View Full Version : Open element air cleaner

11-03-12, 11:22 AM
I've been reading through this forum trying to absorb some knowledge to prepare me for tuning up my newly acquired 1975 DeVille. I have seen many references to installing an open element air cleaner as a quick and easy way to get a little performance increase. It make complete sense and would also get rid of some of the clutter under the hood. Couple of questions. I ordered a Mr Gasket 14" open element kit. There's no way it will fit. I don't know why I didn't see the obvious that the stock air cleaner housing is offset to clear the a/c compressor. I see Edelbrock makes a 10" x 2" unit that should fit. Is that a large enough element? Second question. Can I just eliminate that thermac sensor in the stock housing and plug the vacuum line? It seems that the only thing it does is open and close the valve in the neck of the stock housing which will no longer come into play. Also, there is a breather thingy that goes into the stock housing from the valve cover. Can I just put a generic breather cap on the valve cover to fill the hole? Thanks.

11-03-12, 01:41 PM
Is the top of the 'open element' a filtering material too?

11-03-12, 01:58 PM
No. Here is a link to it. Model 1208 is chrome, 1203 is black.


I am asuming this is what is meant by an open element filter. Am I wrong?

11-03-12, 11:15 PM
Flip the lid over, does the same thing which is more noise on acceleration. I doubt you could measure any power increase. Urban legend. With an open element you'll be buying air filters more often!

11-03-12, 11:15 PM
You can buy spacers to raise the air cleaner as long as you have the hood clearance. I think the performance gain is debatable but I usually put them on or just flip over the lid on the stock one. I never have put a chrome one on my Caddys though except my 350 Seville.

11-04-12, 12:09 AM
On my cars the lid is replaced with a lid from a diesel: 1" more height. The
hold down bolt will need some adjustment. On those with limited clearance,
I used a lower half from a Toronado, which sits lower on the Qjet. The oiled
element I use, claims when dirty to outflow a clean paper filter. Bruce Roe

11-04-12, 11:38 AM
I must say I'm surprised by these responses. I have spent several hours in the last couple of weeks reading this forum paying special attention to threads where guys like me are asking for advice on things they can do to right away to improve the performance of a 472/500 short of major modifications. The most common advice, it seems, is tuneup (plugs, wires, cap, rotor, curve kit, etc.) drain the cat, bigger exhaust and an open air filter. I have read several posts making the point that the stock air cleaner housing cannot possibly allow 700 to 800 cfm into the carb. So are you guys disagreeing with that or I am I misunderstanding what an open element air filter is? Appearance aside (I was thinking of using the black version of the one I linked to) is a 10" x 2" filter large enough to get the job done? And what about disabling the stuff that is connected to the stock housing?

11-04-12, 12:06 PM
What you want is more torque, not horsepower. You only need to flow 700 cfm to the carb on wide open throttle for an extended distance. The distributor curve kit mod is worthwhile, it provides more low end torque. The best bang for the buck would be a lower rear axle ratio. Low restriction air filters on a street driven car IMO provide little more than a manly noise when leaving a stop sign. Drag race the same car, air filter on then off would net maybe a tenth better acceleration if that. Drag race the same car with a lower rear axle ratio and it will beat the other car. (to the gas station!) There's nothing wrong with disconnecting the breather system to the air filter as long as the new breather has a filter within it and is cleaned every once in a while.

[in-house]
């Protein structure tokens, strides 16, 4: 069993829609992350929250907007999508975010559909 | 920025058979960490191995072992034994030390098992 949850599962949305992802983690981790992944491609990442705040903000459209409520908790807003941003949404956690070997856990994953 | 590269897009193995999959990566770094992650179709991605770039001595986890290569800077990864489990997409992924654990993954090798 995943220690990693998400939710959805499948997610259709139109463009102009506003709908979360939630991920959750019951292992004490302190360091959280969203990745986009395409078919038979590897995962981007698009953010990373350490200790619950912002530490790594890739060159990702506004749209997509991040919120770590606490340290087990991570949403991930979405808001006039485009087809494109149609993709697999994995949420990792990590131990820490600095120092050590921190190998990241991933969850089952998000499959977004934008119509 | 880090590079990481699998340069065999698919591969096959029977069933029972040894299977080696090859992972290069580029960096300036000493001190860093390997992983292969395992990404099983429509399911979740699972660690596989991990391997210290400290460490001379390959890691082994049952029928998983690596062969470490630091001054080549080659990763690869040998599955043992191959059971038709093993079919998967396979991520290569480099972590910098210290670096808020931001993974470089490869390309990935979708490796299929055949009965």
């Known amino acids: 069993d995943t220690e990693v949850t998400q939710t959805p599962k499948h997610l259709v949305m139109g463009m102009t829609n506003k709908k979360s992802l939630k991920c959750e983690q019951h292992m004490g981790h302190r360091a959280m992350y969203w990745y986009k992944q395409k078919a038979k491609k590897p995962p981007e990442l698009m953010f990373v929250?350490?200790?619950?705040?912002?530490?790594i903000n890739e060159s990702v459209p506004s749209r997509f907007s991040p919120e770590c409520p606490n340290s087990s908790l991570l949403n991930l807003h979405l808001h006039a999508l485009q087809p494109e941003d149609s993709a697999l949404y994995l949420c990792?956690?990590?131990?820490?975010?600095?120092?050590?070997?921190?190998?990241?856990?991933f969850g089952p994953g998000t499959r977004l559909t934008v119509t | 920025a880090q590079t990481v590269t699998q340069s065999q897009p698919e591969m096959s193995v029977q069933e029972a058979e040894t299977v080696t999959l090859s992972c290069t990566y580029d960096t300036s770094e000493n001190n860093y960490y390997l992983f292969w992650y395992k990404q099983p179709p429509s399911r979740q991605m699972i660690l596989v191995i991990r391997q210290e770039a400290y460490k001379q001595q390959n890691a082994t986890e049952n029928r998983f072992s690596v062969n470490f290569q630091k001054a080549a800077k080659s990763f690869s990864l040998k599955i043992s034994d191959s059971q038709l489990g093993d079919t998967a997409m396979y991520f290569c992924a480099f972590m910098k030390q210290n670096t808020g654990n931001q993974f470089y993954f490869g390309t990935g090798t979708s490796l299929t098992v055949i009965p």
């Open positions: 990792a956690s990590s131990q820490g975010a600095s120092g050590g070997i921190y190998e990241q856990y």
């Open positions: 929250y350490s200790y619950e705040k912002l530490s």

The Ape Man
11-08-12, 09:30 PM
One problem with an open air filter is the engine will be using underhood air. That air can be any temperature. Most times it can be way too hot.

The carbonator is only calibrated to work over a certain air temp range once the choke opens.

A dual snorkel police type air cleaner housing with a pair of THERMAC controls could make a performance difference. Of course it needs some plumbing to grab cold air.

Otherwise the flipped over lid is cheap and sounds cool.

11-08-12, 09:37 PM
The primary problem with any carb. is it can't adjust for air density. The carb. has no idea whether it is at sea level or 8000 feet in the air! Thank GOD they were discontinued.

11-08-12, 10:16 PM
It might do better with the new advance kit in the distributor, along with an adjustable vacuum advance canister, and maybe an advance limiter, like a Crane 99619-1, limiting vacuum advance for bumping the initial timing up to about 12 degrees, or more if it will not buck the starter.
Maybe the Sanderson headers will fit that car ?

11-24-12, 05:49 PM
I doubt that a hot rod style air cleaner would provide much gain on a street engine. I used to flip the lid on the '68 Sedan De Ville and that provided all the induction drama one could want under heavy acceleration and still remain low profile enough to not draw unwanted attention from the authorities. Recurving the ignition (or replacing with a VERY high discharge unit like an MSD) as well as a good carb tune ( or replacement with something more modern) would help too.

Someone mentioned a twin snorkel air cleaner. Some GM products had these and it might pay to do some research. Also, a freer flowing catalytic converter may help too.

11-25-12, 07:00 PM
I had a dual snorkle air cleaner around here for years, from a '66 Olds Toranado, and finally gave it away a few years back. That would be the one to look for maybe.....